Research Faculty at PSU

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Transportation problems don’t stay between the lines. As a transportation student at Portland State University, you’ll work with experts in every field that contributes to our knowledge of transportation, including engineering and planning but also fields such as environmental science, psychology, geography and computer science. Our core transportation faculty, including Jennifer Dill, Christopher Monsere, Kelly Clifton, Miguel Figliozzi, Jenny Liu, Aaron Golub, Avi Unnikrishnan and Liming Wang, are regarded as national and international experts in their fields. 

Degree Programs at PSU

Portland State offers a wide variety of degree programs suited to the multi-disciplinary demands of a career in transporation.

Undergraduate Degree Programs
We offer undergraduate programs in civil engineering, supply and logistics management, and community development, which lay the foundation for our transportation graduate programs. 

Graduate Degree Programs (Professional)
Master of Urban and Regional Planning and Master of Engineering in Civil and Environmental Engineering, put you on track for careers shaping the future of transportation with local governments, consulting firms and other organizations.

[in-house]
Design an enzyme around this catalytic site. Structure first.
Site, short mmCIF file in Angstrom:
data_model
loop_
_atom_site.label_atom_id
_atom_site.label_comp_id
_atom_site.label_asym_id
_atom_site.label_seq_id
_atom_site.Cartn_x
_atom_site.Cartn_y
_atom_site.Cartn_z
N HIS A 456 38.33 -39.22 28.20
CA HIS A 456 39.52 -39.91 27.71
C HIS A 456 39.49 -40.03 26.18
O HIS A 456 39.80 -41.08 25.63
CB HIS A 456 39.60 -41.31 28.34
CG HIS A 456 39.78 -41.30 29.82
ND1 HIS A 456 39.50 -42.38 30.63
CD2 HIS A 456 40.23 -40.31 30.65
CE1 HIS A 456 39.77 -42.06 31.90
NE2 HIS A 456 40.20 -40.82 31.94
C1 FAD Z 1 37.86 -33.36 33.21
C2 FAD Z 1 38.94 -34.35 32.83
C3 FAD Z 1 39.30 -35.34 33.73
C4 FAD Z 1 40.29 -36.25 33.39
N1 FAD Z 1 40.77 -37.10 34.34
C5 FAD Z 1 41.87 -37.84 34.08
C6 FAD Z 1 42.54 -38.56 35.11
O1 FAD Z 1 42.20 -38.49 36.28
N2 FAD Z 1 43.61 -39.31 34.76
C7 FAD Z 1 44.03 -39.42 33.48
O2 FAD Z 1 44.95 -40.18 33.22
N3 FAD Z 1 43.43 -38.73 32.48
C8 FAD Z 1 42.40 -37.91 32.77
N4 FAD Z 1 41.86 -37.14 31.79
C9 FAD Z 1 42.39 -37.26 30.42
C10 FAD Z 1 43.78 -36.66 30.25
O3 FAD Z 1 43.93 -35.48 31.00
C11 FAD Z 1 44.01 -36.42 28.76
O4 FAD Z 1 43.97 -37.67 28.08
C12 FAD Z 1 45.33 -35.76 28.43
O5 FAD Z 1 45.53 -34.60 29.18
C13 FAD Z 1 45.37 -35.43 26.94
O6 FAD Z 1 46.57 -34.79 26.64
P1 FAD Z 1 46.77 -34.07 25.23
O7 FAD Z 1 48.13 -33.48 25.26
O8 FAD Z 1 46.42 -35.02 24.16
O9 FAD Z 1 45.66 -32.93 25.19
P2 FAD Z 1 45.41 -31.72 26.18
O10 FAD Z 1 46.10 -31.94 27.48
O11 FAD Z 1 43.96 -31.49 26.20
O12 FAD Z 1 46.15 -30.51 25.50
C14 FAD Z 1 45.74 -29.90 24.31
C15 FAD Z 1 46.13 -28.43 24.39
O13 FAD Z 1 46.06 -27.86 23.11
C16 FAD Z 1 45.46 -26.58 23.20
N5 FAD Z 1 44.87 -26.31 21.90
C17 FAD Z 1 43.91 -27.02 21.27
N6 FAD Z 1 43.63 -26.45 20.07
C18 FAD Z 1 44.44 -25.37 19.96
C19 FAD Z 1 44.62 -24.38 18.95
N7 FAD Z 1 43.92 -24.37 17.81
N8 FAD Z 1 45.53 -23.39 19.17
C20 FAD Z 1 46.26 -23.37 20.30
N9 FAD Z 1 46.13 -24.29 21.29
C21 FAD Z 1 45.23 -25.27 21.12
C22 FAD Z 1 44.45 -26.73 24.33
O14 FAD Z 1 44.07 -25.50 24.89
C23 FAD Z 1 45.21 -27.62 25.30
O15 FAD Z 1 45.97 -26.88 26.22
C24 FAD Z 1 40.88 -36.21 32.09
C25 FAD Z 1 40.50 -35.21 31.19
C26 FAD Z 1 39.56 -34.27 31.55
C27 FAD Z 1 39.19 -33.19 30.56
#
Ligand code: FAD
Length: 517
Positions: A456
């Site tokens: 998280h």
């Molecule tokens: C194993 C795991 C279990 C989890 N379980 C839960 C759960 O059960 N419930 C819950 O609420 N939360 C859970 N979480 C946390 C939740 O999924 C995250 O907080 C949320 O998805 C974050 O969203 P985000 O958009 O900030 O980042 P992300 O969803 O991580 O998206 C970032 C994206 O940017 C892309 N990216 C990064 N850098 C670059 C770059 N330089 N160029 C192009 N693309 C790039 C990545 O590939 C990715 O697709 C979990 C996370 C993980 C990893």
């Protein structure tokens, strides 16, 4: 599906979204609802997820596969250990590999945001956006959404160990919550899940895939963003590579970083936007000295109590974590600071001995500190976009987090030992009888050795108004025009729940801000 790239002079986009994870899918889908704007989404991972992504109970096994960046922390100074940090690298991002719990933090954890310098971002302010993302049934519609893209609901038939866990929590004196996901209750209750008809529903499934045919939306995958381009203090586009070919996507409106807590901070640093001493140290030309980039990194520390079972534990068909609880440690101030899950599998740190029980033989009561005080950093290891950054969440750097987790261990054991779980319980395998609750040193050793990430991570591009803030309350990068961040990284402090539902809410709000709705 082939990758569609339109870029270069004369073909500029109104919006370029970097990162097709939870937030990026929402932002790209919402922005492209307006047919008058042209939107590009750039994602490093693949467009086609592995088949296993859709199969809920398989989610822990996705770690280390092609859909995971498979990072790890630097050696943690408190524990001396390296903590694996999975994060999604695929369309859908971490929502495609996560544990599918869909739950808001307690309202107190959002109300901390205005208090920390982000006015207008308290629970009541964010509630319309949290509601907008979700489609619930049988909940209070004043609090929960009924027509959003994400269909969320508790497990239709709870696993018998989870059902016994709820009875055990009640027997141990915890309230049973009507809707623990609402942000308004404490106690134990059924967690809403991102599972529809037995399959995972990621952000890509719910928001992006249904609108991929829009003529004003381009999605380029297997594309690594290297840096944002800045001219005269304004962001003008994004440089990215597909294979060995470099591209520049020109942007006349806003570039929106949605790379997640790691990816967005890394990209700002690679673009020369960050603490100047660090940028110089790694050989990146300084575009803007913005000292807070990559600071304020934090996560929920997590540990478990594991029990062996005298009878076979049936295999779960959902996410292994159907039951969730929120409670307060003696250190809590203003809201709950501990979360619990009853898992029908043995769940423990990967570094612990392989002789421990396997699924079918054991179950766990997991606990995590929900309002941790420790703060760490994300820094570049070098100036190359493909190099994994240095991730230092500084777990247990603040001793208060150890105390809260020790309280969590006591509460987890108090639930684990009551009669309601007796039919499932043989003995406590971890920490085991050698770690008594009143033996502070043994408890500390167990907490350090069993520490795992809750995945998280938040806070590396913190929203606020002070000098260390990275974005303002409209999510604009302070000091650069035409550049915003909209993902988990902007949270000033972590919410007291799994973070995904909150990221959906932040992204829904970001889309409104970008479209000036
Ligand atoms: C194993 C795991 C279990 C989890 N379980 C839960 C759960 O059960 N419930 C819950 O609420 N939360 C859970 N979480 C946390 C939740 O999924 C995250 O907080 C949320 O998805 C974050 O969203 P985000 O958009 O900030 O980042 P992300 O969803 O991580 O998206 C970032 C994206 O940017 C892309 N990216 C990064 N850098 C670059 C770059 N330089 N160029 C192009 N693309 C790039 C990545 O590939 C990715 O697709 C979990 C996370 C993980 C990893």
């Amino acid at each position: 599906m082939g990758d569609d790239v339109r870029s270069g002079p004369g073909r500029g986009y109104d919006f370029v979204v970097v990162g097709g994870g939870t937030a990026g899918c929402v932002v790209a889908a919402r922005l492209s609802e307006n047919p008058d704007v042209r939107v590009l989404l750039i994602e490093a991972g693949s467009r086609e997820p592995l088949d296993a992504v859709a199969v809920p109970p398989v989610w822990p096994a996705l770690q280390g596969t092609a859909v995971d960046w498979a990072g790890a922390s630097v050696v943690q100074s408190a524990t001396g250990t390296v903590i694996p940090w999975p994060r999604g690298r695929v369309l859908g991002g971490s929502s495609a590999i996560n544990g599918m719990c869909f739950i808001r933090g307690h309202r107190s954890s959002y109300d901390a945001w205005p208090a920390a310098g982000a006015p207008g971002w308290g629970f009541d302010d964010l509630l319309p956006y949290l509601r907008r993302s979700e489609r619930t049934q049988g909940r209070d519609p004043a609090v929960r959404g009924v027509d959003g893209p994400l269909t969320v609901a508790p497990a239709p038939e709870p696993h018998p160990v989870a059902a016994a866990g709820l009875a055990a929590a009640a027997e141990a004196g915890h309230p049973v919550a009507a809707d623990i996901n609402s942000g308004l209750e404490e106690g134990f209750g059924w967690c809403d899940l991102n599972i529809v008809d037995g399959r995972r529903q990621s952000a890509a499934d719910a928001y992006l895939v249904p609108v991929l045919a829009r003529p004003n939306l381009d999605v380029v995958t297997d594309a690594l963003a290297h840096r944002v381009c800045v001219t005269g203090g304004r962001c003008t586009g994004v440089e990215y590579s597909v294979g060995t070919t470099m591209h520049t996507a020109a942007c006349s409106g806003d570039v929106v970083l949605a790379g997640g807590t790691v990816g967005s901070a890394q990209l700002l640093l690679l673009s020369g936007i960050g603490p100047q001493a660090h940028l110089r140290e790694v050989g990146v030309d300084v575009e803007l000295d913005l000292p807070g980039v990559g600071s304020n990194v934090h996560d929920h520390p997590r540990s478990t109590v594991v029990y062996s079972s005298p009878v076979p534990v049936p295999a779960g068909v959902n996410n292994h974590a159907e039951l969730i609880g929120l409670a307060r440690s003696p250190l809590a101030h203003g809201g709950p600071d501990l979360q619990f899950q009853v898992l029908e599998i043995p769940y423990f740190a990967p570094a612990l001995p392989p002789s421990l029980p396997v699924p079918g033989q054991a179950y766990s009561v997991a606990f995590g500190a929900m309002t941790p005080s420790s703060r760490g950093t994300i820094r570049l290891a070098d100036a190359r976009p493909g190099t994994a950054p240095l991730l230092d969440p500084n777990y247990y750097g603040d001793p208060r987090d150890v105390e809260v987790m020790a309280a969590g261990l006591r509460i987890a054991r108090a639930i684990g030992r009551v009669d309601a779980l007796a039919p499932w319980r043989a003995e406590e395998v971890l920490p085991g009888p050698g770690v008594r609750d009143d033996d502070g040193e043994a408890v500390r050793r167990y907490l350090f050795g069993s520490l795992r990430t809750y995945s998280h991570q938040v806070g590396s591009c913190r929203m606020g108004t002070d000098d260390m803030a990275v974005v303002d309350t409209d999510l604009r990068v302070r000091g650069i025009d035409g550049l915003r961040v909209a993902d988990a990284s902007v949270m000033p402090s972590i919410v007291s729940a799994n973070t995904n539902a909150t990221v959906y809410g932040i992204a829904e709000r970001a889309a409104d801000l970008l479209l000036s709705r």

Graduate Degree Programs (Research)
The Master of Science in Civil and Environmental Engineering and the Master of Urban Studies, are suited for those seeking careers in a broad range of transportation professions or in academia.

Graduate Dual Degree Program in Transportation
For those seeking a degree rooted in both transportation planning and engineering, we offer a Dual Master’s Degree Program in Transportation, allowing students to obtain a Master of Urban and Regional Planning and Master of Science in Civil Engineering at the same time. 

Graduate Certificate in Transportation
The two disciplines also collaborate to offer a Graduate Certificate in Transportation for established professionals looking for a deeper understanding of transportation disciplines.

Doctoral Degree Programs
Our Ph.D. in Civil and Environmental Engineering and the Ph.D. in Urban Studies, help shape researchers into the top experts in their fields. Portland State students publish as lead authors at a greater rate than most universities and are disproportionately represented at forums including the annual meeting of the Transportation Research Board of the National Academies.